Transformers: Dark of the Moon
Directed by: Michael Bay
Written by: Ehren Kruger
Starring: Shia LaBeouf, Rosie Huntington-Whitely, Frances McDormand, and John Malkovich
There isn’t a negative comment that Michael Bay hasn’t heard. One of the most critically despised and commercially successful filmmakers in history, he has become a lightning rod for the sorry state of modern Hollywood.
Many critics are bitter because his movies render them utterly useless. Transformers: Revenge of the Fallen was one of the worst reviewed films in years and also one of the highest grossing. He injects levels of mind-numbing shock and awe into almost every scene that isn’t establishing the almost non-existent plot in almost all of the movies and Transformers: Dark of the Moon is no exception.
Bay knows how to do action, so the biggest criticism that can be made of the Transformers films is that they hinder him from doing what he’s good at. There are some fine set pieces in this film, including a Decepticon (evil robot) that winds like a snake in and out of streets and, most impressively, through a building. The problem is, like many of the other fight scenes, Bay goes so absolutely insane within a single frame that it obstructs the viewer from actually seeing what’s going on.
This movie is most successful when he isn’t throwing everything at us all at once, but instead letting Optimus Prime and the other robots in disguise have a shot all to themselves without flying debris and fire. These robots come from a famous Hasbro toy line that were always waiting for the big studio treatment. Bay and executive producer Steven Spielberg give that to them, with all of the hallow, mind-numbing territory it brings with it.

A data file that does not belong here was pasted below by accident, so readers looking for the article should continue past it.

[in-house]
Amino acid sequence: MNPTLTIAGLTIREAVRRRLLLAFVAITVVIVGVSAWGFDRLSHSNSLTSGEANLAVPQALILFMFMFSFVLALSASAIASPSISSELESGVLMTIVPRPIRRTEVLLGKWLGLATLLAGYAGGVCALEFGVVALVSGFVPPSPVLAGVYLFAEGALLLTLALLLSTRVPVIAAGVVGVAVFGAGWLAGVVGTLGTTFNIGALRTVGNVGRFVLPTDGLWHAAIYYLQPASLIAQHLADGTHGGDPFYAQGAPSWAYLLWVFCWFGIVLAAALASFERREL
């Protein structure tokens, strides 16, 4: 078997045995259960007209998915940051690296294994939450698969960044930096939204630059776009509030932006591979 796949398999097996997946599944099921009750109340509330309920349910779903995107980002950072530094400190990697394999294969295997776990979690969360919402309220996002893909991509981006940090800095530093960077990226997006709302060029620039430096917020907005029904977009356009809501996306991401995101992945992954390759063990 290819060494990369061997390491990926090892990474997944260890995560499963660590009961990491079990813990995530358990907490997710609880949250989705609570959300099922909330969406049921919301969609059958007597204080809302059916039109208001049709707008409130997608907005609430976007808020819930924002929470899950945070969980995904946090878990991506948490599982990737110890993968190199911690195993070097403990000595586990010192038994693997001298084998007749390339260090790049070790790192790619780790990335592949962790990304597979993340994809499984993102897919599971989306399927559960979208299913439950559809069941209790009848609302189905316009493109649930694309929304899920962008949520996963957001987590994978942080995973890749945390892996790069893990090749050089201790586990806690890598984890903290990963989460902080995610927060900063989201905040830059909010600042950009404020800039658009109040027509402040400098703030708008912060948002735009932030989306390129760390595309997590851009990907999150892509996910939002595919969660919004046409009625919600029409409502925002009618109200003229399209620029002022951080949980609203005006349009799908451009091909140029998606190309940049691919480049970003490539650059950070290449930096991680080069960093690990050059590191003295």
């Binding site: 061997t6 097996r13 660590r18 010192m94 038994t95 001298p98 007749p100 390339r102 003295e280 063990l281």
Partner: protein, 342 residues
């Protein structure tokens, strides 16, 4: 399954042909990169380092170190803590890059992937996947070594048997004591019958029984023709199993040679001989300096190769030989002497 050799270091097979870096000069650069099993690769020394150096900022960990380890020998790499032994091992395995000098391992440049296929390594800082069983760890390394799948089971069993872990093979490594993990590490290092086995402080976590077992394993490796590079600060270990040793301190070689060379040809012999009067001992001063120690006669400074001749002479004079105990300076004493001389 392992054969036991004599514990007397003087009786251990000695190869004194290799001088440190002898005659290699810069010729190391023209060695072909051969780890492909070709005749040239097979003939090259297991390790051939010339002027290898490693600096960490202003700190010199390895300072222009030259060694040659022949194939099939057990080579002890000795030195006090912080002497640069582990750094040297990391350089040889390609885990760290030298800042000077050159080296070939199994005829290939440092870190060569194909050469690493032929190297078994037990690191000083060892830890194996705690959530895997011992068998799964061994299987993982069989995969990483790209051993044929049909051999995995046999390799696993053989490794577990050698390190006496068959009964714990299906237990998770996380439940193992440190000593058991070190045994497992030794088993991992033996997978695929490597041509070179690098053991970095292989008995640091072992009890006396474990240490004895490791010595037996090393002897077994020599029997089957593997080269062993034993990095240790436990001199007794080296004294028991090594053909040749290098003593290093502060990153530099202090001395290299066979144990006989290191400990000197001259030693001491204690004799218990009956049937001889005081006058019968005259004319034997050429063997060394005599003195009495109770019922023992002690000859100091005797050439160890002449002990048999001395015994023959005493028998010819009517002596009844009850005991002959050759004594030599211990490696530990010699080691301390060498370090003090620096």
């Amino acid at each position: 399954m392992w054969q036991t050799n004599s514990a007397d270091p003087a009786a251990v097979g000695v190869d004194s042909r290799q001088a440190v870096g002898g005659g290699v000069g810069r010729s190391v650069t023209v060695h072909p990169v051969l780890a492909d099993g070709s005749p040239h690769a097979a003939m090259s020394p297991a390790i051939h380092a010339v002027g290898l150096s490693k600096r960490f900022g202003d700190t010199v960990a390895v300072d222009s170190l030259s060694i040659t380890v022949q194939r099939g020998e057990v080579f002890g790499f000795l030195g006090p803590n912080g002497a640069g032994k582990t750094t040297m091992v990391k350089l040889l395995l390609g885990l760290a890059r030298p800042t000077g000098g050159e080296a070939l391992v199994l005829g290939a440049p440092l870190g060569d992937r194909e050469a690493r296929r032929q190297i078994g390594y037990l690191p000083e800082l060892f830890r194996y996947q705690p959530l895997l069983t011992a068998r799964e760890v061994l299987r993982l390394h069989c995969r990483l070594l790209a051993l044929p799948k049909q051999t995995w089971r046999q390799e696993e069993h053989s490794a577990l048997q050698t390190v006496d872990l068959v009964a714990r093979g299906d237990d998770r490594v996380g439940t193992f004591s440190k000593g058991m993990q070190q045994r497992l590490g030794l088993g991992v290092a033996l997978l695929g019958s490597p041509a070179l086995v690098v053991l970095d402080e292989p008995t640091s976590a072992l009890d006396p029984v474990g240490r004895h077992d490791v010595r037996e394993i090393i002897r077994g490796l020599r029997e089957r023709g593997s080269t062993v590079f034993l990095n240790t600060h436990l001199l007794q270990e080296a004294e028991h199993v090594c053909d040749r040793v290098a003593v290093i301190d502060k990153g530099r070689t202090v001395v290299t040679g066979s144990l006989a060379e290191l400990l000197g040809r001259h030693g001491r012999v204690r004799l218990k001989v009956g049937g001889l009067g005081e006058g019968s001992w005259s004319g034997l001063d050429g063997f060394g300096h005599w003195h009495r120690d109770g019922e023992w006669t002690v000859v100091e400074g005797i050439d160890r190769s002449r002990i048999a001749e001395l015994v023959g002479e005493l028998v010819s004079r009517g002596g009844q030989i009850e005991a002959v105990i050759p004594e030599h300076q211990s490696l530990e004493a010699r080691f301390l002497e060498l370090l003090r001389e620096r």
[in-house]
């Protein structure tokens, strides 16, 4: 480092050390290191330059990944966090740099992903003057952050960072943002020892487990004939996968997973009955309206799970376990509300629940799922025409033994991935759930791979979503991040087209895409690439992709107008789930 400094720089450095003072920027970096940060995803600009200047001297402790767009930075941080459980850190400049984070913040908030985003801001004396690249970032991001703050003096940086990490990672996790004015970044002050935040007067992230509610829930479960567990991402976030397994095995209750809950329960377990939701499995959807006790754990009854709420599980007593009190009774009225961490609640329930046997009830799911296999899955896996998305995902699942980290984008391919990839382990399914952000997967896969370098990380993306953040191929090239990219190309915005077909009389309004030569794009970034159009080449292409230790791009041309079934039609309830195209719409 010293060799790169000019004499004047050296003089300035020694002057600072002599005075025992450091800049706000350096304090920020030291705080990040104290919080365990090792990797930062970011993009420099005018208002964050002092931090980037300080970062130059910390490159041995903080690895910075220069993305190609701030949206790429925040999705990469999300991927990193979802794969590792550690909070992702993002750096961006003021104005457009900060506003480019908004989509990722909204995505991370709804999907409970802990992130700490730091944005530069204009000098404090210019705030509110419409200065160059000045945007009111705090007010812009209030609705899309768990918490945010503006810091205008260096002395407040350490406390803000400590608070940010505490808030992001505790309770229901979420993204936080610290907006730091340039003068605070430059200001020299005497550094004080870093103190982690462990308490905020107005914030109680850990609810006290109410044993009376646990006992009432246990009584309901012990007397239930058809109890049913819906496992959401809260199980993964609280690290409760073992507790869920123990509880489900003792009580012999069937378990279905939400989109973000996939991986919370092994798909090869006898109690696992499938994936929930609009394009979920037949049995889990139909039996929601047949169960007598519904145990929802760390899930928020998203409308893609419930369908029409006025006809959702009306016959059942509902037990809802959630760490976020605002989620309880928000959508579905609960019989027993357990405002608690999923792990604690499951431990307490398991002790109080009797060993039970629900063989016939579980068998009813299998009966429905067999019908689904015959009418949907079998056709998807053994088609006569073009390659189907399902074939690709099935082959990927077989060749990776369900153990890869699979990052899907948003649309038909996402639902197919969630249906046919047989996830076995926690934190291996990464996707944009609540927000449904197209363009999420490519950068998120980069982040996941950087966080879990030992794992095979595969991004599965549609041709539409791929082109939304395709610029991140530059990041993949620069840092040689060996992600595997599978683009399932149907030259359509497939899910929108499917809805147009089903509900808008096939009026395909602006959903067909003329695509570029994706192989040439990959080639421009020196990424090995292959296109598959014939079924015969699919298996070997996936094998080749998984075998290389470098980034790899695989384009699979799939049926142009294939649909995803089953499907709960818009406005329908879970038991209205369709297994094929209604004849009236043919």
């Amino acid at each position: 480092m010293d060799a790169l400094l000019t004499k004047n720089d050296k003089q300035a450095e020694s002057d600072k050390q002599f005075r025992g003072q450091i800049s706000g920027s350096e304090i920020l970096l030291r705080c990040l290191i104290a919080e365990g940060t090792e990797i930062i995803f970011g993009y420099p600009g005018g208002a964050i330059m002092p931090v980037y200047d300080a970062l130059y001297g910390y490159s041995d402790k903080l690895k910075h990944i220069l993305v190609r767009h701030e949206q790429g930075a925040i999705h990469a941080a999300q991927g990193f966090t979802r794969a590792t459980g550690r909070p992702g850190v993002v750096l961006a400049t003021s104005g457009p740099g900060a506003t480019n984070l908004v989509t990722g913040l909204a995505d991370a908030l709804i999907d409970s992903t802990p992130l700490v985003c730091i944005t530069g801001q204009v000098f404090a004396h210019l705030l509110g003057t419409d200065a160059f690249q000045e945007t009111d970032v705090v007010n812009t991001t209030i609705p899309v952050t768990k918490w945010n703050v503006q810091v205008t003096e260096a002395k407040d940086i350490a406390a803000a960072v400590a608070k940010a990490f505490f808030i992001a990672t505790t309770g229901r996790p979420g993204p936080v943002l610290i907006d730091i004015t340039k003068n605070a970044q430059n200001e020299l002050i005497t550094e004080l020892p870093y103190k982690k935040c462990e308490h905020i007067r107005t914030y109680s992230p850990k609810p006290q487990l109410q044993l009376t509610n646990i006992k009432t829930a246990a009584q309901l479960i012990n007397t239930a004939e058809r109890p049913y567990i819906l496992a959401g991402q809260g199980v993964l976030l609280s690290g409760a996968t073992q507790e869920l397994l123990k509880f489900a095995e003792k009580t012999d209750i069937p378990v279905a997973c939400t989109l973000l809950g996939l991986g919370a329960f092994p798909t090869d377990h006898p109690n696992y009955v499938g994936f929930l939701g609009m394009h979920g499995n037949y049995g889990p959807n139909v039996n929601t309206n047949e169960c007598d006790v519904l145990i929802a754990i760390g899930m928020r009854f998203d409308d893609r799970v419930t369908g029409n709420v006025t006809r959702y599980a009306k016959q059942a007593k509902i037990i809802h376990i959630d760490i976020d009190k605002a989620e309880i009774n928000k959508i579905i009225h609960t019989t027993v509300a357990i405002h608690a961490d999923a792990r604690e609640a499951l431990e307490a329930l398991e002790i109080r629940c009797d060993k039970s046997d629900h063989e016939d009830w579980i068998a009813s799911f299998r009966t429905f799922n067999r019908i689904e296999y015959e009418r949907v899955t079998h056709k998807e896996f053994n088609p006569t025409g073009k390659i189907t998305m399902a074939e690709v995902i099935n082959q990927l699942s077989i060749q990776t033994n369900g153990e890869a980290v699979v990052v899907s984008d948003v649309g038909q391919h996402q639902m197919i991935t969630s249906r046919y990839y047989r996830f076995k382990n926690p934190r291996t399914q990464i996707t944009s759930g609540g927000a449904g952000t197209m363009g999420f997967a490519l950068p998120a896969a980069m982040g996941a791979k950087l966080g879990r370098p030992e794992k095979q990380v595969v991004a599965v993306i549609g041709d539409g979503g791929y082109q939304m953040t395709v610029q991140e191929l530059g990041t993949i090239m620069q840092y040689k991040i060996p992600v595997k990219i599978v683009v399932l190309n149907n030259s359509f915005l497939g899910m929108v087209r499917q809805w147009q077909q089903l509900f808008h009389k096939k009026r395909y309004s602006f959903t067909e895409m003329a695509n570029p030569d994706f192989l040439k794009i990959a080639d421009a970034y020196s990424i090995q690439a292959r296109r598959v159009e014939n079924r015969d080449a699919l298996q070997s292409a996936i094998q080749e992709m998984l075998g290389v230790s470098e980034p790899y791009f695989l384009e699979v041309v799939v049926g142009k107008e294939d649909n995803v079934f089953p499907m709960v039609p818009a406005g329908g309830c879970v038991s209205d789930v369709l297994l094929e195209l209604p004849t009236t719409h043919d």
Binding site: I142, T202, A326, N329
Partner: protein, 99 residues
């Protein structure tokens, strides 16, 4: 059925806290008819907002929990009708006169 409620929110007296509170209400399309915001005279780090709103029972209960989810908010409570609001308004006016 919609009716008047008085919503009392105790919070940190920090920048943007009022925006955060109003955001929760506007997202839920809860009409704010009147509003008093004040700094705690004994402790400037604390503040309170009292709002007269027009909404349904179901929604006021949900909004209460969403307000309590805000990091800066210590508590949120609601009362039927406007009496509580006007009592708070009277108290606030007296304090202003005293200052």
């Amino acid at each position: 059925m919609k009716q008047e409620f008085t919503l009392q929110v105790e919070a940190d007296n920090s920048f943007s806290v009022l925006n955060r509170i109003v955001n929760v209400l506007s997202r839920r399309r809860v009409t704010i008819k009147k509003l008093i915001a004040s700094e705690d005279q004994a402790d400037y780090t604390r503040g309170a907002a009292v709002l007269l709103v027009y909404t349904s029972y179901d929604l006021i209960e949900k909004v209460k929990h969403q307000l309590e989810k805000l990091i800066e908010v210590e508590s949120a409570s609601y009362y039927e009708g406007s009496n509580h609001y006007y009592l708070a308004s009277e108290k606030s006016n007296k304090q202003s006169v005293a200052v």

Again we’re given the illusion that people matter in a franchise about robots, with Shia LaBeouf reprising his role as Sam Witwicky, the lame teenager who gets to save the world every couple of years. In place of Megan Fox we get underwear model Rosie Huntington-Whiteley as Carly, the love interest/damsel in distress. Bay fondles her with the camera like she’s one of the vintage automobiles in the collection where she works. I guess “car” is right in her name.
The treatment of women in this franchise is more reprehensible than your typical blockbuster, because you can tell it’s not just a habit with Bay. He materializes them to the point where they exist to enhance a shot’s sex appeal, just like those cars. When morality is brought up in this franchise by many critics, people take to the comments section and condemn them for so closely analyzing movies that are supposed to be “just for fun.”
The ongoing war between Bay and his critical detractors has somewhat fervent support from those who fight for their right to enjoy high budget, mediocre exploitation. These movies are made specifically for people who think explosions and cleavage are what make a movie good, but buried beneath the hood is an ugly moral facade. Bay uses explosion after explosion to drive our attention elsewhere after he gets a few money shots of his babe.
As the Autobots and the Decepticons clash on the streets of Chicago in the film’s final third, Bay lets loose all of his action wrath on the citizens. Watching robots mow them down is grotesque, and just because there is no blood this movie receives a PG-13 rating. Showing no regard for human life and the costs of it should be one of the few concerns of a rating board if they need to exist. They’re just looking for penetration, which if they’d watch the warring bots they’d see plenty of.
Besides some interesting set pieces and a well-done opening sequence that rewrites the meaning of the moon landing, the other highlights here are cameos from John Malkovich and John Turturro. Frances McDormand also shows up as the head of some important intelligence agency, but her lines are terribly written just like almost all of Ehren Kruger’s script. These three excellent performers are here for the money, which brings to light the biggest, most disgusting point of all: everyone here is.